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Wednesday, 13 May 1936


Senator LECKIE (Victoria) .- Two subjects dealt with during the discussion have reacted unfairly against the Australian cement companies. One was the statement of the Tariff Board that a gross profit of £2,250,000 has been made by nine of those companies during a period of five years. Honorable senators drawing attention ' to this position refrained from emphasizing the fact that the profit was " gross " ; it is just as well to remember that out of those gross profits provision has to be made for income tax and depreciation. The income tax on that amount would be at least £450,000, and the depreciation, taking the board's own figures of 6s. per ton, would be £708,000. These two amounts would reduce the profit made to £1,100,000 for five years, or £220,000 a year, equivalent to a dividend of 4 per cent, on a capital of £5,000,000. Even if the capital were written down to the board's figure of £3,600,000, the annual net profit of £220,000 would represent a dividend of only 5-J per cent. I do not desire that the statements of certain honorable senators in connexion with the gross profits of the Australian cementcompanies to create the erroneous impression in this chamber, and throughout Australia, that the manufacturers have made an enormous profit over a period of five years. Honorable senators in this debate have referred to overseas cement in the terms of British currency, and Australian cement in the terms of Australian currency. It would have been very much fairer on their part if they had referred to both products in terms of British currency. Had they done so the Australian price of £4 ls. for cement would have been expressed in British currency as £3 4s. 6d., which makes a wonderful difference.

Apparently I was a little premature when I complimented the Minister in charge of the bill (Senator A. J. McLachlan) on not dragging the Ottawa agreement into the debate at this juncture. I thought that the Government had decided that that contention had been found untenable and had abandoned it ; I therefore expected that the Government would fight the case on its merits. Nevertheless the Leader of the Senate (Senator Pearce) made a fighting speech on nothing but the Ottawa agreement.


Senator Brennan - Various honorable senators referred to the Ottawa agreement, but the Minister in charge of the hill never mentioned it.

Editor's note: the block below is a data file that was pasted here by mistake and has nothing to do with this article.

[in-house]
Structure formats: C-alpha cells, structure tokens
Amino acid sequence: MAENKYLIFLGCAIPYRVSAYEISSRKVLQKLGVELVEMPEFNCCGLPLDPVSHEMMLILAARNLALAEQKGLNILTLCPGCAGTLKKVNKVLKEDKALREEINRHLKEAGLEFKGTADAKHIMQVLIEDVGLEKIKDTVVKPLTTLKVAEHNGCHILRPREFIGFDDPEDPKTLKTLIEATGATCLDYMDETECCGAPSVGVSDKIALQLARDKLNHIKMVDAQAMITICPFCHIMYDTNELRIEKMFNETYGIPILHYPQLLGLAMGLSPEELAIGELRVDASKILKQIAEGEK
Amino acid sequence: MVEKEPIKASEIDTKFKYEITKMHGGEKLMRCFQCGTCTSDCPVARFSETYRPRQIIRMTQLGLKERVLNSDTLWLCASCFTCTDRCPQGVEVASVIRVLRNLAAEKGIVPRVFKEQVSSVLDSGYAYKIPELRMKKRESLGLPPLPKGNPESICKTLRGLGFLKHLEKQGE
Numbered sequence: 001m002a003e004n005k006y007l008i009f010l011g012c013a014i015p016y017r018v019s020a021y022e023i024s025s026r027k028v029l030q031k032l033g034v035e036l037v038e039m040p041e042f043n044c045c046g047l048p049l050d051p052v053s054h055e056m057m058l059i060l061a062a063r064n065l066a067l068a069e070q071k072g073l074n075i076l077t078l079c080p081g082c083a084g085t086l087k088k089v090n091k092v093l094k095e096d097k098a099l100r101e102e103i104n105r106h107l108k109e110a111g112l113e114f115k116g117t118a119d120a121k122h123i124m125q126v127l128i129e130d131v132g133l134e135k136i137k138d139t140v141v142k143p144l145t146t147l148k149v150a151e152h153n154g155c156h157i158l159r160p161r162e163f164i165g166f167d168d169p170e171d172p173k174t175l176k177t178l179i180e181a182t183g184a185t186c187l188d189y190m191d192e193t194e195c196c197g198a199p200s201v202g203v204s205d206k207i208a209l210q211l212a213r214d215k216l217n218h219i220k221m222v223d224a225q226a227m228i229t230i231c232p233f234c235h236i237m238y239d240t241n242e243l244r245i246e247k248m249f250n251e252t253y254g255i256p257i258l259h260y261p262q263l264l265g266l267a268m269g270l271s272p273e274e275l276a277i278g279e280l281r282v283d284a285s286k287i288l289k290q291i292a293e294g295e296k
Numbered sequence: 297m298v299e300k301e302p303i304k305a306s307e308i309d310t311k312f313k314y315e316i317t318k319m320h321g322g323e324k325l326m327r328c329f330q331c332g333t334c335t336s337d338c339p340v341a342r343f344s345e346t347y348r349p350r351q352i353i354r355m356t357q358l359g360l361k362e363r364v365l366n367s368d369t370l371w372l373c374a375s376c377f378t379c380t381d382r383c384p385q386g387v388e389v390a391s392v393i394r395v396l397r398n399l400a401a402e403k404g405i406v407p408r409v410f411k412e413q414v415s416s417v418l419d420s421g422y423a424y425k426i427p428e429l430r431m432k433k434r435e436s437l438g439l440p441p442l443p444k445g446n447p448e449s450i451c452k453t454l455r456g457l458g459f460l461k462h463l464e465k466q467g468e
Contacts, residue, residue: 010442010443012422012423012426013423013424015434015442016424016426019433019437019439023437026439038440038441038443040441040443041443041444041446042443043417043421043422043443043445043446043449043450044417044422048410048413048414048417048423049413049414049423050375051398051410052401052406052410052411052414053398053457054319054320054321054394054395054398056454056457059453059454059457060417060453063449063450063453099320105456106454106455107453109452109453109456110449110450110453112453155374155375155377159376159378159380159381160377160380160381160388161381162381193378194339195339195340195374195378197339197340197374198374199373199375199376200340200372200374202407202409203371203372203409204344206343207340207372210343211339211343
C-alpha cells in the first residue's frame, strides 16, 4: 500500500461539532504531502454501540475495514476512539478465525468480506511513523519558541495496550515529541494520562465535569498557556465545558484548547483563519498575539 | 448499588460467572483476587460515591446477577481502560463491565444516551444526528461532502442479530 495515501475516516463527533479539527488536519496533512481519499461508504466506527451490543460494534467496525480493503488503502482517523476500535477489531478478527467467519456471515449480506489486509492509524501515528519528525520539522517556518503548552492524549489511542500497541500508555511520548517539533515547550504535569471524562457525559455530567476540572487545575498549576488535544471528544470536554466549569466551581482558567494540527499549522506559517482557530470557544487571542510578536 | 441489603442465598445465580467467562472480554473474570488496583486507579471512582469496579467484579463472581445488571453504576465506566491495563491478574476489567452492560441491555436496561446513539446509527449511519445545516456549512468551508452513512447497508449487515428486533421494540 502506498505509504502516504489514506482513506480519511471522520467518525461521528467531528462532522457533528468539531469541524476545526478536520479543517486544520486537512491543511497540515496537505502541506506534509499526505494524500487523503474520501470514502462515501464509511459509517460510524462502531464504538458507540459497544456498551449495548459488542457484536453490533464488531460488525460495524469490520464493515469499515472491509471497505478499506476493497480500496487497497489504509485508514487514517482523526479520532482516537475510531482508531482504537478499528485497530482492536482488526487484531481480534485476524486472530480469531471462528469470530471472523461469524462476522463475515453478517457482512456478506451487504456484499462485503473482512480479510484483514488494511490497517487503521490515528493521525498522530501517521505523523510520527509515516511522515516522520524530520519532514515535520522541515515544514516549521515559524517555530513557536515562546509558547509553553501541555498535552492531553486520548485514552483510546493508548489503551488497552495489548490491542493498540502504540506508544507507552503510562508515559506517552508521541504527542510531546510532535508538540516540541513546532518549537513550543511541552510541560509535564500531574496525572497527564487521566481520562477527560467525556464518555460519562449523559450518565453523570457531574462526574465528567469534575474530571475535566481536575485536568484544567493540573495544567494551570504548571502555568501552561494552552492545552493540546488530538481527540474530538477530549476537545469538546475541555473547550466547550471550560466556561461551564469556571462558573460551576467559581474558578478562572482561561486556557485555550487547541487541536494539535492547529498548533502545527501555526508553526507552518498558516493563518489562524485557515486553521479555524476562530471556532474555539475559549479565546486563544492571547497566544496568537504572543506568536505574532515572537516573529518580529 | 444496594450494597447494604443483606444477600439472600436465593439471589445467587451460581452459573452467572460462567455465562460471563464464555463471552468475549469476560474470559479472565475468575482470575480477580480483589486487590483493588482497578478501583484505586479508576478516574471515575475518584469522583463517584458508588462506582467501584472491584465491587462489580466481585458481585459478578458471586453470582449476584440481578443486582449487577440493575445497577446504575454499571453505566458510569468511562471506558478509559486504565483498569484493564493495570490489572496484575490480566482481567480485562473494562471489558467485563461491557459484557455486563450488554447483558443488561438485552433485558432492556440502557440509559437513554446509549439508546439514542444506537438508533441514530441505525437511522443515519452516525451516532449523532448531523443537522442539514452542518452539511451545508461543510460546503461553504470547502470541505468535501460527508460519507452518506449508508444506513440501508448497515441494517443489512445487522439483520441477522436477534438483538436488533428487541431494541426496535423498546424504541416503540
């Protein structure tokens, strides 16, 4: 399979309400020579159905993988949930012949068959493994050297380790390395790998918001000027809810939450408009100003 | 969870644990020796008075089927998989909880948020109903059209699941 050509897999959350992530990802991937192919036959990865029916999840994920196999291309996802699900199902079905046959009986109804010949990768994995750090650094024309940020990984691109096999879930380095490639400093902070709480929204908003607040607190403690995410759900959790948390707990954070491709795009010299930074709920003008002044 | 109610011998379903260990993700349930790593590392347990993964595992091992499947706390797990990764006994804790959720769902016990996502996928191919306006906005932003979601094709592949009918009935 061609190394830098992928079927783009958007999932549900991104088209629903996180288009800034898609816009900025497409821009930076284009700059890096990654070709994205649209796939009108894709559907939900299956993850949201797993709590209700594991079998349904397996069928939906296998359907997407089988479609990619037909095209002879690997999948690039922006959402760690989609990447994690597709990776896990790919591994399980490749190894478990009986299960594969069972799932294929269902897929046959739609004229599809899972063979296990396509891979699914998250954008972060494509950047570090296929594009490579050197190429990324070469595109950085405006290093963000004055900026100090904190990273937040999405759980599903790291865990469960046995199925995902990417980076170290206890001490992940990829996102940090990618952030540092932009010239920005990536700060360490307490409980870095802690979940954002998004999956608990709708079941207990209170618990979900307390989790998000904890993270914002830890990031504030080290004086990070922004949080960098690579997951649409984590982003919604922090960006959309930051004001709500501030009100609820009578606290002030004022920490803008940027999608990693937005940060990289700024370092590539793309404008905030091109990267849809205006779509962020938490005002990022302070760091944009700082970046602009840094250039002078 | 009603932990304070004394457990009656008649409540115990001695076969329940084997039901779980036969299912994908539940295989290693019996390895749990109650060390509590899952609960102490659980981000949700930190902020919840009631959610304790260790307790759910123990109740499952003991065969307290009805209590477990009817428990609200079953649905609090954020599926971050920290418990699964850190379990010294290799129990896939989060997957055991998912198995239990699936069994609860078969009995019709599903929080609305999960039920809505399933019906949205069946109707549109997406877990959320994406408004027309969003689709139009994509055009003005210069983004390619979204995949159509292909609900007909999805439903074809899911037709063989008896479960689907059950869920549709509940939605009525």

Senator LECKIE - Probably my attitude towards the Ottawa agreement has been misunderstood in this debate. Honorable senators should differentiate between the value of the British market and the value of the Ottawa agreement. They are entirely different. Before the Ottawa agreement was conceived, Great Britain took more primary products from Australia than it has purchased since the making of the agreement. In 1924- 25, which was a normal year, exports to the United Kingdom amounted to £69,000,000.


Senator Guthrie - That was due entirely to the boom in wool.


Senator LECKIE - Then I shall quote the statistics for another year. In 1925- 26 the United Kingdom purchases from Australia were valued at £61,000,000. This year there is another boom in wool but the purchases from. Australia total only £51,000,000. I quite agree that in the last three years Australia has been gradually selling more and more to the United Kingdom, bi.it honorable senators should realize that Great Britain has also made proportionately greater purchases from foreign countries than from the dominions. f. do not desire my view of the value .of the British market to be misunderstood ; I believe that it is the greatest trade advantage that Australia has; but at the same time the Australian market and allegiance to Great Britain are worth a great deal to the Old Country. Some honorable senators speak as though the British market we enjoy at present is due entirely to the Ottawa agreement. Great Britain took our surplus products long before the Ottawa agreement was conceived, and, even if it were abolished, would continue to purchase our primary commodities. What has appeared to me to be more remarkable than anything else in this discussion, is the great difference of opinion between the Commonwealth Government, and the British Government on the matter of the cement duties. The Commonwealth Government might state that it is entirely in accord with the Imperial authorities, but the contrary seems to me to be the case. I believe that the Commonwealth Government would not wilfully wreck any Australian industry and put people out of employment; but in this instance it has wrongly accepted a recommendation of the Tariff Board. which is not applicable to present-day circumstances. i think that this Government is perfectly sincere when it states that it does not think that its action will break the cement companies and cause unemployment ; it is perfectly sincere in stating that it does not consider that British cement will be imported into the Commonwealth. But why has the British Government made its protest? If the Imperial authorities do not consider that British cement will be sold to Australia, they would not deem it worth while to protest against the duty agreed to by the House of Representatives. I have no hesitation in saying that the Australian market for cement will bc valuable to British manufacturers. In those circumstances which Government is right ? If the contention of the British Government is correct heavy importations of British cement will enter Australia to the detriment of the local industry, and if the Commonwealth Government is right, and large quantities of British cement are not imported, the spirit of the Ottawa agreement can be regarded as so much flat soda water.







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